The Master’s resource I’m creating is “mapped to” the new Cambridge Information Literacy Framework. I keep saying this, or writing this, and subsequently the phrase has lost practically all its meaning to me. So I thought I’d take a breath, and think about what I’m talking about when I talk about ‘mapping’. And this moment of reflection seem to imbricate quite neatly with some Feelings I’ve had about the framework itself, as I’ve been getting comfortable with it. So I thought I’d blog.
I really don’t think I’m about to say anything controversial (it would be unlike me, for sure), but just to be super clear: these are my views, don’t necessarily represent my employer, or CILN, etc.
there are two inescapable facts about the information literacy framework: it’s broad, and it’s imprecise
The framework neither prescribes nor proscribes, neither advises nor cautions. This has the effect of eliminating any possibility of measuring a teaching session or a teaching programme or a resource against it. It isn’t an analytics tool, nor a lesson plan. It is simply not possible to assess the quality or impact or whatever of how we teach our students information literacy, or of how they learn, using the framework.
I think it’s an entirely positive thing that the framework doesn’t have the level of detail nor the purpose to facilitate any kind of quantifiable activity. I don’t want to be ranked against it, and I don’t want the teaching that we do to be measured against it. I don’t want us to be doing anything against it, or to have any relationship with the framework that is antagonistic or combative in essence. It’s the Cambridge Information Literacy Framework, Janet, not the Cambridge Information Literacy Excellence Framework.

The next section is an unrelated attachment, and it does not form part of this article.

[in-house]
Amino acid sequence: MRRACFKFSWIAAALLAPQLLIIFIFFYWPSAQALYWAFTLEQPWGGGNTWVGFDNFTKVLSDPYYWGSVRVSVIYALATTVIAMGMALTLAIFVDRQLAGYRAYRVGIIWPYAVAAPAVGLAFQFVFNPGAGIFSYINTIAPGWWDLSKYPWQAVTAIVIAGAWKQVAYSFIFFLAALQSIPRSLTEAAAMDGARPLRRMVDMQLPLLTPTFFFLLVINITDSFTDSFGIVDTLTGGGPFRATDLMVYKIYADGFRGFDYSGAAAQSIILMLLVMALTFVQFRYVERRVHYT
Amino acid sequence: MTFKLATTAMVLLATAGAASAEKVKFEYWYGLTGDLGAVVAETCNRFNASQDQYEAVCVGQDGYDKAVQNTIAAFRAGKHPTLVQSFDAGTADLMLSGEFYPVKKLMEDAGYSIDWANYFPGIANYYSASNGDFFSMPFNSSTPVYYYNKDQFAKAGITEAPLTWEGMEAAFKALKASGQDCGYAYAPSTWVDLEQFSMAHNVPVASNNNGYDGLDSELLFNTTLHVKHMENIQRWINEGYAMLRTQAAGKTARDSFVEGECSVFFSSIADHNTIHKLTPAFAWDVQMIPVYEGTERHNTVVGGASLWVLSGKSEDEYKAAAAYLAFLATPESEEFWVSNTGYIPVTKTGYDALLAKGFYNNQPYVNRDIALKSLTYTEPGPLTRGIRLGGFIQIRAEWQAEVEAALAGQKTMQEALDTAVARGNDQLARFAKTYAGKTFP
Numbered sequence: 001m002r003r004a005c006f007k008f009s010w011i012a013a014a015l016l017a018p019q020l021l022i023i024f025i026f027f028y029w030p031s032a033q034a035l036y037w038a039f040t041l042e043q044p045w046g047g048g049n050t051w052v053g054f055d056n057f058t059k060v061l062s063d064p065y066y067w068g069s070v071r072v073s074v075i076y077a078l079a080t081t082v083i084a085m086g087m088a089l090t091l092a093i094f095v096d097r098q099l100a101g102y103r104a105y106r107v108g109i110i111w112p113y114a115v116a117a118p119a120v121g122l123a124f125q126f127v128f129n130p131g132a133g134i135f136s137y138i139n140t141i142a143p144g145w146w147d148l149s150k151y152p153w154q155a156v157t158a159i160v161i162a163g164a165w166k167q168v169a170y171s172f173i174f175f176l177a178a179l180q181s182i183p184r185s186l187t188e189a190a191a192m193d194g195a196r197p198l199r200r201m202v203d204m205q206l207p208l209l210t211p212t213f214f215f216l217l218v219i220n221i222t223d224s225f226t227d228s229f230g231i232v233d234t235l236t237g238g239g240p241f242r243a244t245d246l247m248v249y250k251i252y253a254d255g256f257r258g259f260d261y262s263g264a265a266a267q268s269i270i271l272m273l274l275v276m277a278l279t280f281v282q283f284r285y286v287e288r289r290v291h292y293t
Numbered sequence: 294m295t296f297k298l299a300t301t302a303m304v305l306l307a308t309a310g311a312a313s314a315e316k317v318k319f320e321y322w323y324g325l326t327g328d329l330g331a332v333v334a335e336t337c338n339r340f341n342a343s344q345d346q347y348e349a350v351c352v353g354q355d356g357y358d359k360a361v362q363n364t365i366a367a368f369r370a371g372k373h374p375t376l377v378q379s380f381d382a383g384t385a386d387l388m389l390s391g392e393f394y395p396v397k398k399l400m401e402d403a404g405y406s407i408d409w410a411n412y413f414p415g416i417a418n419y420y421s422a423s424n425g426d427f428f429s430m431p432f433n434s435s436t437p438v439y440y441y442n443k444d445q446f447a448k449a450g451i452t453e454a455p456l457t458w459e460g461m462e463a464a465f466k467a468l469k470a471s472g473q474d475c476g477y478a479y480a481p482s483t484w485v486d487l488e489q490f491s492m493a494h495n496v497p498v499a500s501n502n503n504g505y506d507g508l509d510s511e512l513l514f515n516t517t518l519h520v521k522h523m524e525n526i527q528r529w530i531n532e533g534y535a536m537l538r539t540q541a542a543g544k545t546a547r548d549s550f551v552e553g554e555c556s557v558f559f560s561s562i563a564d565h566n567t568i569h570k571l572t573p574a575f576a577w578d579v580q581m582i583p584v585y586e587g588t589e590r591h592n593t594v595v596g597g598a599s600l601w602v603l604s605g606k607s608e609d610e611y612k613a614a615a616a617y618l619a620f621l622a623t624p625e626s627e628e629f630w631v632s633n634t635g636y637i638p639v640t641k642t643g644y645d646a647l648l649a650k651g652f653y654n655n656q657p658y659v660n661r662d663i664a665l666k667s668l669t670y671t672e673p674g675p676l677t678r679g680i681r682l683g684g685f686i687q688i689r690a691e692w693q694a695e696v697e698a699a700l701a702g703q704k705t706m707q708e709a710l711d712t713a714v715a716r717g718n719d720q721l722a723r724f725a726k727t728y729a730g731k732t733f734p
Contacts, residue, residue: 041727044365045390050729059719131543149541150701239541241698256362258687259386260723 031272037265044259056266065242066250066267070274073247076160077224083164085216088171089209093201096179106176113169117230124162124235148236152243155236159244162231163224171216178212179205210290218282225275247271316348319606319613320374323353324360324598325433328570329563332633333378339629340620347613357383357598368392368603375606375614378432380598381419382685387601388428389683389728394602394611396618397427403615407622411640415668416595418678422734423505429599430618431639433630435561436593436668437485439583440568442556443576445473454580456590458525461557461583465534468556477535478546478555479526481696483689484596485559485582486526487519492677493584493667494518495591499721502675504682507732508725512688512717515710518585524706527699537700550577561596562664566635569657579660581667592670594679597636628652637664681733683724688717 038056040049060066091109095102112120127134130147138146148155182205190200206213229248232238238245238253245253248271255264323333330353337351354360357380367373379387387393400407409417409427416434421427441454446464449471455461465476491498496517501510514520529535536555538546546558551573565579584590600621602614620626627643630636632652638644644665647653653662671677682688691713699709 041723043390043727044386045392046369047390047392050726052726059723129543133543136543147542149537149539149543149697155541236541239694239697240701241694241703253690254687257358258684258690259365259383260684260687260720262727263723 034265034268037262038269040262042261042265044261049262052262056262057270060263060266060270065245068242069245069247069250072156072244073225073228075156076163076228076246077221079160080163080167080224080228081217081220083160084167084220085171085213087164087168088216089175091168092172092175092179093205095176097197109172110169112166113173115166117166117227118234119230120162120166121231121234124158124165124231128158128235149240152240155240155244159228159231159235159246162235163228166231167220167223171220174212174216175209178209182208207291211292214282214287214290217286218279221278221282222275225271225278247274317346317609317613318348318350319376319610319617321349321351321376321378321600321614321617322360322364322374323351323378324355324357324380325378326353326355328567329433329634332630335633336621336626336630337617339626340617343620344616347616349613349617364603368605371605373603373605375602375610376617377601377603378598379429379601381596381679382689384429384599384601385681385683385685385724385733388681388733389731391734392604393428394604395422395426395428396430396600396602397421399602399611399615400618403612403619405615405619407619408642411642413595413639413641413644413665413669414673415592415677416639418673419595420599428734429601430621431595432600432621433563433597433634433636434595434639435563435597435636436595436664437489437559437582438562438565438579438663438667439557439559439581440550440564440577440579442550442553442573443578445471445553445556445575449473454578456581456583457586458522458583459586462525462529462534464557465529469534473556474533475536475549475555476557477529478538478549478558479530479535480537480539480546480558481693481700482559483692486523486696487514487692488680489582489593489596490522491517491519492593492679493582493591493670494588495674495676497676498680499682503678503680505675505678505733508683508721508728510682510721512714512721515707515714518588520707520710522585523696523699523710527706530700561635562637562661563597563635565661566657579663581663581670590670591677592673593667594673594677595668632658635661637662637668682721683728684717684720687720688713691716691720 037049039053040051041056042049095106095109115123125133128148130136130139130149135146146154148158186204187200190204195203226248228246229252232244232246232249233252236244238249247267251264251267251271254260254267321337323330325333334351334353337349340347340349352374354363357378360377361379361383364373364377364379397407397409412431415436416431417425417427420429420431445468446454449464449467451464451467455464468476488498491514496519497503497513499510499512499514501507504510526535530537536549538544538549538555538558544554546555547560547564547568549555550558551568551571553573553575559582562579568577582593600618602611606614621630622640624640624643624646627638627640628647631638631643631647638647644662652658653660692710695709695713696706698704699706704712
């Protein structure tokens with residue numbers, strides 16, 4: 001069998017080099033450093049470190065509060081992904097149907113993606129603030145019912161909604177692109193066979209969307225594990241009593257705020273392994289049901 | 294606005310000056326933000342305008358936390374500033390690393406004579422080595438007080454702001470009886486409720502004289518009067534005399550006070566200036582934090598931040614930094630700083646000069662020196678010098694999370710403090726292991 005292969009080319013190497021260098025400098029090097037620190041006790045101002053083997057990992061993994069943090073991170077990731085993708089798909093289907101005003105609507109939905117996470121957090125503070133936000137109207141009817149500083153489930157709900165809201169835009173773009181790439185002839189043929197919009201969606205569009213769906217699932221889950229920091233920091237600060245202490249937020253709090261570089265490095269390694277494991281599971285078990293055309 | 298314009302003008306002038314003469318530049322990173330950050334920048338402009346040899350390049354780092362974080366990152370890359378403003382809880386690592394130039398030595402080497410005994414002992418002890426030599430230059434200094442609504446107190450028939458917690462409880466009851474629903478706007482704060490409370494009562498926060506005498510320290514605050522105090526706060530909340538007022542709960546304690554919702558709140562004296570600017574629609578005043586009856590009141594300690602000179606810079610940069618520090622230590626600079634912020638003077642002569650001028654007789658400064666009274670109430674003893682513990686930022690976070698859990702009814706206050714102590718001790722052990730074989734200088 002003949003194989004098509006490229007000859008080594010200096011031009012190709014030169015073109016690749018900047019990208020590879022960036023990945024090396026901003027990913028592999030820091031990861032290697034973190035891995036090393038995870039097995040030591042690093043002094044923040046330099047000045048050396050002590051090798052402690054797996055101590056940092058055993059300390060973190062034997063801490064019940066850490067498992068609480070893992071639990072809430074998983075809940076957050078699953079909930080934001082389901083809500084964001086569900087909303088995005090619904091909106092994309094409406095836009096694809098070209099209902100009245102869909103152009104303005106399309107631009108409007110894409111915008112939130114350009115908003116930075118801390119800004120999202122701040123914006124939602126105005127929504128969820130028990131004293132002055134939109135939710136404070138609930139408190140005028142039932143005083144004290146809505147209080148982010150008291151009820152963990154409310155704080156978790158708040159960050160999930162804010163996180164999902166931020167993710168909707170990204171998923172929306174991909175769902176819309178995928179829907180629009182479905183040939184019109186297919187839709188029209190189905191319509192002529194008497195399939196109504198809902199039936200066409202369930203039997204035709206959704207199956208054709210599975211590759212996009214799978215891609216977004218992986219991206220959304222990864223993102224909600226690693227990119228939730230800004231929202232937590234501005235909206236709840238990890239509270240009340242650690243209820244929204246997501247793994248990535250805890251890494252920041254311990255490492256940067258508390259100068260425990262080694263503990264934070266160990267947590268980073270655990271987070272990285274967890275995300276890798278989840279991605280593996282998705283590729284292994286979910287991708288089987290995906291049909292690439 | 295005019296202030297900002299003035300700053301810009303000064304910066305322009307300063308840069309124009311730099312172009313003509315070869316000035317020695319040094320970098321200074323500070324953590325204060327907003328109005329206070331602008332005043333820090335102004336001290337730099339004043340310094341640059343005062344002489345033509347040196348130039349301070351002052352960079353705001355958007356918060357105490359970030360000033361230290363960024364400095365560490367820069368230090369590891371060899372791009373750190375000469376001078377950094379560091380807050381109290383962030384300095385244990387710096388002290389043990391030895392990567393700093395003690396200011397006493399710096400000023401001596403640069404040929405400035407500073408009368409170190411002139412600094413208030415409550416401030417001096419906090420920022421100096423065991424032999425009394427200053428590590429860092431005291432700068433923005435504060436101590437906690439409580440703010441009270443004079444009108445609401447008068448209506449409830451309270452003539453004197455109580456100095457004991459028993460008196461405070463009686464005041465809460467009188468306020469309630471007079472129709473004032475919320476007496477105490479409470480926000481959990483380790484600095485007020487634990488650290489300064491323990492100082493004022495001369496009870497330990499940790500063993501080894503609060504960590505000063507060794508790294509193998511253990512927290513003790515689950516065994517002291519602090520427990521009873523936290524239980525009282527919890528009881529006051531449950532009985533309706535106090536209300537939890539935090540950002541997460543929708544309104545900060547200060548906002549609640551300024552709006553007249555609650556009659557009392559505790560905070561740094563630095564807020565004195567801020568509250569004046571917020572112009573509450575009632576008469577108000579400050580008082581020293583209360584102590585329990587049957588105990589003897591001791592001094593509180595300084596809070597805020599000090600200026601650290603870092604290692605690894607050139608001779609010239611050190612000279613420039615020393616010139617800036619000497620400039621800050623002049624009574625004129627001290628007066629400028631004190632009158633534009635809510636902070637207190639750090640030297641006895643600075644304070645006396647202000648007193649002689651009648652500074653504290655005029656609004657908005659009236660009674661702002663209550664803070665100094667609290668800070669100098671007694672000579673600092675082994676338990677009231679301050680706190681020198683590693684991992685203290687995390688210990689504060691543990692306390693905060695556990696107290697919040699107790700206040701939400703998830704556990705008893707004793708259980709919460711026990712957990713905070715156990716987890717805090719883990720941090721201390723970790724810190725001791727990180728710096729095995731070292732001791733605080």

Instead, of thinking about mapping-as-measurement, then, I’d compel us to think about mapping-as-interpretation. This, I think, would have (at least) two implications.
first, mapping-as-interpretation solidifies the idea that there’s no ‘right way’ to use the framework*
In my experience of interpreting the framework to create the Master’s resource, I’ve paid varying amounts of attention to it. At the beginning it was a useful set of entry points, and later a helpful caution against my Arts and Humanities bias. It’s functioned as a source of shared vocabulary, and as a vocabulary to avoid (depending on my interlocutor). I’ve treated it instrumentally at times, and at others I’ve been influenced by its spirit. I’ve never felt beholden to it, nor that I could contradict it entirely. I’ve occasionally forgotten all about it.
And it might all seem rather convenient but I think this sort of haphazard, interpretative approach is a legitimate one. If the framework were narrower, or bolder, then it might swerve into being a tyrant, into something that restricts us, or tells us what to do and how to do it.
second, mapping-as-interpretation underlines the fact that there’s no right way to teach information literacy**